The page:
Today at a rest area, one of the support crew members noticed I carried an inhaler in my bag. I have had asthma most of my life, but I do not approach it as a limitation; it is a challenge and every challenge can be conquered. Asthma is a weakness of the lungs and what better way to make them stronger than cycling and pushing yourself. I took two hits on my inhaler yesterday but today, not a single one. So I must be getting stronger!
DAY 3 Ahhh how the days are blending together, I am not even sure what day of the week it is or where I am anymore. Today was a tough day for sure. We rode from Syracuse to Watertown, not too far of a jaunt, but long enough for my tired legs and sore bottom. Towards the end I was not sure if I could do it—every muscle in my body was screaming at me, I felt incredibly dehydrated, my belly was rejecting food, and I was just spent.
DAY 4 Today was a re-coop day, and it is much appreciated. We had a short 28-mile ride to the US-Canada border crossing, then we rode a ferry across Lake Ontario. As we rode into Kingston, Ontario, people honked at us, rang bells or just stood on the sidewalk and waved or clapped for us. It was such an incredible warm welcome. Today we had no other schedule—what a wonderful feeling that was, to be able to do whatever you want, and Kingston is a beautiful city in which to have a free day.
My intention for today was to go sit at the park and read or write, but instead I enjoyed a Guinness with some new friends and ended the day having ice cream with other new friends. All in all, I would say it was a great day.
DAYS 5 & 6 Every now and then we are pushed to our extreme limits by circumstances or choice. In my case, this week has been by choice. I am loving this Tour des Trees experience because it has taught me how to challenge myself and it is making me stronger both physically and mentally.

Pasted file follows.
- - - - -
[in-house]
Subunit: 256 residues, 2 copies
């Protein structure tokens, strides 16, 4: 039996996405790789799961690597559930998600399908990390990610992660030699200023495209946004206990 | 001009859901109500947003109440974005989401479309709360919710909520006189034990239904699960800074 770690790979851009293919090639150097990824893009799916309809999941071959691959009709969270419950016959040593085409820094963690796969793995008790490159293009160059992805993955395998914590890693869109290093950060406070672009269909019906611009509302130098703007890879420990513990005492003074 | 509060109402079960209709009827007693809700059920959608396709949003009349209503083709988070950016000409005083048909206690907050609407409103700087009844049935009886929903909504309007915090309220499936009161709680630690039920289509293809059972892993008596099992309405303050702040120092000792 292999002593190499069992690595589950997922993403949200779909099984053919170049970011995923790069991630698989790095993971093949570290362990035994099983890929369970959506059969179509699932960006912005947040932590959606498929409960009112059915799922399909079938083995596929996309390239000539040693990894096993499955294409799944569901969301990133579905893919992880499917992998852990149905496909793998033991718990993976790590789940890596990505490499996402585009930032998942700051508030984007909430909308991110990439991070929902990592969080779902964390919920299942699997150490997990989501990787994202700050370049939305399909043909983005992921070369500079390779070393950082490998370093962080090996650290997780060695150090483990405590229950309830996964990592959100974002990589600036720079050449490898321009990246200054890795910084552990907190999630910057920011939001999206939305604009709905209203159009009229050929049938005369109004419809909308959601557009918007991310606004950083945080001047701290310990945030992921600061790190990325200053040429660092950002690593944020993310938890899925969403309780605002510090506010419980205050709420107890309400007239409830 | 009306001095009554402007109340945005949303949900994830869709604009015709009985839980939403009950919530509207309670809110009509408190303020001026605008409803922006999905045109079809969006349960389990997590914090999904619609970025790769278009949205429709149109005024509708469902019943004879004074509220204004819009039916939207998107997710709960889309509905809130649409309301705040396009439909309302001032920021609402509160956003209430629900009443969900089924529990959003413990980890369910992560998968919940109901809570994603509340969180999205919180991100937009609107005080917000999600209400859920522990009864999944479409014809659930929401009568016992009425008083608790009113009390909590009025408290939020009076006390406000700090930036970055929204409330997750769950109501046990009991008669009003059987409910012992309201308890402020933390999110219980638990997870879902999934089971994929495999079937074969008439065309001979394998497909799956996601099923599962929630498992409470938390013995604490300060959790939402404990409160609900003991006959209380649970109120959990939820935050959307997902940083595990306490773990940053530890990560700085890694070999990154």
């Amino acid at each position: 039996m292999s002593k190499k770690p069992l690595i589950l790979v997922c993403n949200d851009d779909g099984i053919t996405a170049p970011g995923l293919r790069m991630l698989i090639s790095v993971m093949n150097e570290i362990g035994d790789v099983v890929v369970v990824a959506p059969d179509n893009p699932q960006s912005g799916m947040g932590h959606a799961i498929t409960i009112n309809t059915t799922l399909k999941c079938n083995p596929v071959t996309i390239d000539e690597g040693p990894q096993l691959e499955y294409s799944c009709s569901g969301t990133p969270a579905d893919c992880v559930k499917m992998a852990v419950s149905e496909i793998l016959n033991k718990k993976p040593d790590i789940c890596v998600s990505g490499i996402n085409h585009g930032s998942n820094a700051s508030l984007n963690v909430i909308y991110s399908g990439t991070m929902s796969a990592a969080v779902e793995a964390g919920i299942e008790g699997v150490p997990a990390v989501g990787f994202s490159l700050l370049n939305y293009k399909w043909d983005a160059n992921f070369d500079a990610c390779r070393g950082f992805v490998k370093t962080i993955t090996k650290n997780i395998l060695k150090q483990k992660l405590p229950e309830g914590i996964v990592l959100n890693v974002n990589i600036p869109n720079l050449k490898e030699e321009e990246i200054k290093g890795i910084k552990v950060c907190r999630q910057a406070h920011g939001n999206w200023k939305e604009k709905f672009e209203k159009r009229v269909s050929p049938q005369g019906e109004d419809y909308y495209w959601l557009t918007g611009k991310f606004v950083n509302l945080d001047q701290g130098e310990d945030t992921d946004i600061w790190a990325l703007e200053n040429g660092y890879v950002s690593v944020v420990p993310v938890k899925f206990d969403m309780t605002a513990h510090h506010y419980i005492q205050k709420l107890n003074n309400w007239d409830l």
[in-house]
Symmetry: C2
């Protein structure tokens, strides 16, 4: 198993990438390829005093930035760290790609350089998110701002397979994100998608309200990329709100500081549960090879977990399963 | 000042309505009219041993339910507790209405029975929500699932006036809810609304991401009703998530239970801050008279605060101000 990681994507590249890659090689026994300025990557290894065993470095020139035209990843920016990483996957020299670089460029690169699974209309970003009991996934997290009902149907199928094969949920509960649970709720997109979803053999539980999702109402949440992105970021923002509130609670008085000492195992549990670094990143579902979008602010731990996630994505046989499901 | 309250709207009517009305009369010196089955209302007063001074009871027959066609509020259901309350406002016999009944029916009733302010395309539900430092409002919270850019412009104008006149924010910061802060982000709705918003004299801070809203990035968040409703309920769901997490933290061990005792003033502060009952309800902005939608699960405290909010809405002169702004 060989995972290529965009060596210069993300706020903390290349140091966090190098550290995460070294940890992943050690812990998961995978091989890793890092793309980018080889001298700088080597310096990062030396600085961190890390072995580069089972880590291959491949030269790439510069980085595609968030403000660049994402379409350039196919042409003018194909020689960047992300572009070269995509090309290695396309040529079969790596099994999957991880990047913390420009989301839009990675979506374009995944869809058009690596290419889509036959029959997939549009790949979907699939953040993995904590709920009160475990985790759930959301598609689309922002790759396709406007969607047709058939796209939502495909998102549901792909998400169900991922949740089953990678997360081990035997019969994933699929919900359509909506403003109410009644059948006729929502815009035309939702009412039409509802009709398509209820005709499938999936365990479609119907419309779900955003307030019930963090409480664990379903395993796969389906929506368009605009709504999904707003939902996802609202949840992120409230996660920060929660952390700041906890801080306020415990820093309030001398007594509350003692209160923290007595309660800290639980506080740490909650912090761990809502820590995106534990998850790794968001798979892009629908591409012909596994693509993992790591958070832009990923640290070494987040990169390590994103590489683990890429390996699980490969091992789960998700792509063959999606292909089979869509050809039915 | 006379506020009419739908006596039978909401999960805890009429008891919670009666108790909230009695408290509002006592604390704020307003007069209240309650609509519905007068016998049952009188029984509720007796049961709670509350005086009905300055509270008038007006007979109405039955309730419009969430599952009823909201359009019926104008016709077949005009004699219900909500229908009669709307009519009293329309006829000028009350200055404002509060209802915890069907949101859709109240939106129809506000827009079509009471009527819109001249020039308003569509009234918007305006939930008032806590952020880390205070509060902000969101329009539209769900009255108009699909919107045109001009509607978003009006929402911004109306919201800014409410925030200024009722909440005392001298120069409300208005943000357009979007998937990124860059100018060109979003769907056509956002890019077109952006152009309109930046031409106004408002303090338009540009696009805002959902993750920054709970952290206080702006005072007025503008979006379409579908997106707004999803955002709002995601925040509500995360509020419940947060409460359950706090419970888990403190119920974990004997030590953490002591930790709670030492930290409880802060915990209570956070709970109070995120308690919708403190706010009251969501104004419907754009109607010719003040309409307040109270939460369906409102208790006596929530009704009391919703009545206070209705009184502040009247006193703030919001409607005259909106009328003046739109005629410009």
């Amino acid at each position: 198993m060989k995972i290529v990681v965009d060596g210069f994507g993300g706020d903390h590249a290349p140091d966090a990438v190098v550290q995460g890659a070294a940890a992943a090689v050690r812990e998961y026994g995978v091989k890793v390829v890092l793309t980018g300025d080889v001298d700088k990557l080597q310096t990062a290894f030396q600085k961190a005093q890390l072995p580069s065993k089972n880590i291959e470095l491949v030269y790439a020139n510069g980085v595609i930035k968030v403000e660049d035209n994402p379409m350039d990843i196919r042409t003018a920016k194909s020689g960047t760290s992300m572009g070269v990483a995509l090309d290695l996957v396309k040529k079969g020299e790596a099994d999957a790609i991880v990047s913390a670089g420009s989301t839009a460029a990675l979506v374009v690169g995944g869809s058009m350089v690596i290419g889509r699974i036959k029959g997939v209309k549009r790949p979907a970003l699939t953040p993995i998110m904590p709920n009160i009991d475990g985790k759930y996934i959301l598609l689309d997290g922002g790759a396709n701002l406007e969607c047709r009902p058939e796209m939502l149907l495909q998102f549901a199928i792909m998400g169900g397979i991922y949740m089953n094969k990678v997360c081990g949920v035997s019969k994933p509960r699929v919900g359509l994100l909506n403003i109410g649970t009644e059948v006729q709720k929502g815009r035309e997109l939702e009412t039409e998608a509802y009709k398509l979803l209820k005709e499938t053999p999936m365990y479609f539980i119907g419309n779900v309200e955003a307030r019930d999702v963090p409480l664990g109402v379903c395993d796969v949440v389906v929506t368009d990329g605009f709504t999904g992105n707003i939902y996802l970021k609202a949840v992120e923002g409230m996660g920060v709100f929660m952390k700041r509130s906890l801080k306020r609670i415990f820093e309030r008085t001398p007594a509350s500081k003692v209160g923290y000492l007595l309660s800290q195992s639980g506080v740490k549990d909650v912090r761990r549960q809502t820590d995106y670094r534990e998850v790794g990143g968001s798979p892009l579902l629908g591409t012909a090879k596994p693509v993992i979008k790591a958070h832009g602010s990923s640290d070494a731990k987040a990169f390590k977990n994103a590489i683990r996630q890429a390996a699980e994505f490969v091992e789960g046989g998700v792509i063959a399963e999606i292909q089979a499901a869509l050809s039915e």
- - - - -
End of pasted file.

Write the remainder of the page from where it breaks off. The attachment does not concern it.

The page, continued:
The last two days have been very difficult to say the least. This has been my first time riding in the rain, and I will say it: I hate riding in the rain. But with it I have learned some new lessons, such as do not use the back brake to stop at red lights, because you will fishtail and hydroplane like nobody’s business. Do wear a good rain coat—those rain drops are painful when they hit you while pedaling. Do wear a shower curtain on your helmet in the rain, as it keeps the rain from dripping down into your eyes. Do have a blinky light on your bike so that motorists can see you better. Don’t go fast down a hill, as you will hydroplane. Do have fun, because no matter what, the weather is going to do what it wants.
There have been so many lessons this week that I hope I never forget them all. But the greatest thing I want to remember is this: you are the only one who can determine what your limitations are in life. You can either embrace them and make yourself better, or curl up along the side of the road and wait for help to come along. I choose to embrace and be stronger in the long run. Which road will you choose?
I will never forget my experience with the STIHL Tour des Trees; how could I ever think of forgetting all of the wonderful memories associated with it? I play out those memories often in my sleep and in quiet reflection, I think, could I have been faster? Yes. Could I have observed more? Yes. Will I do it again? Hell yes. From the first peddle to the last peddle, it was monumental.
My boys often tell me how proud they are of me; that in itself makes me proud that I accomplished the ride, but every now and then I hear of how someone read my blog nightly and how I brought them along with me. I am very thankful for that, and for those readers who followed me, stay tuned—lots of adventures are just waiting to happen.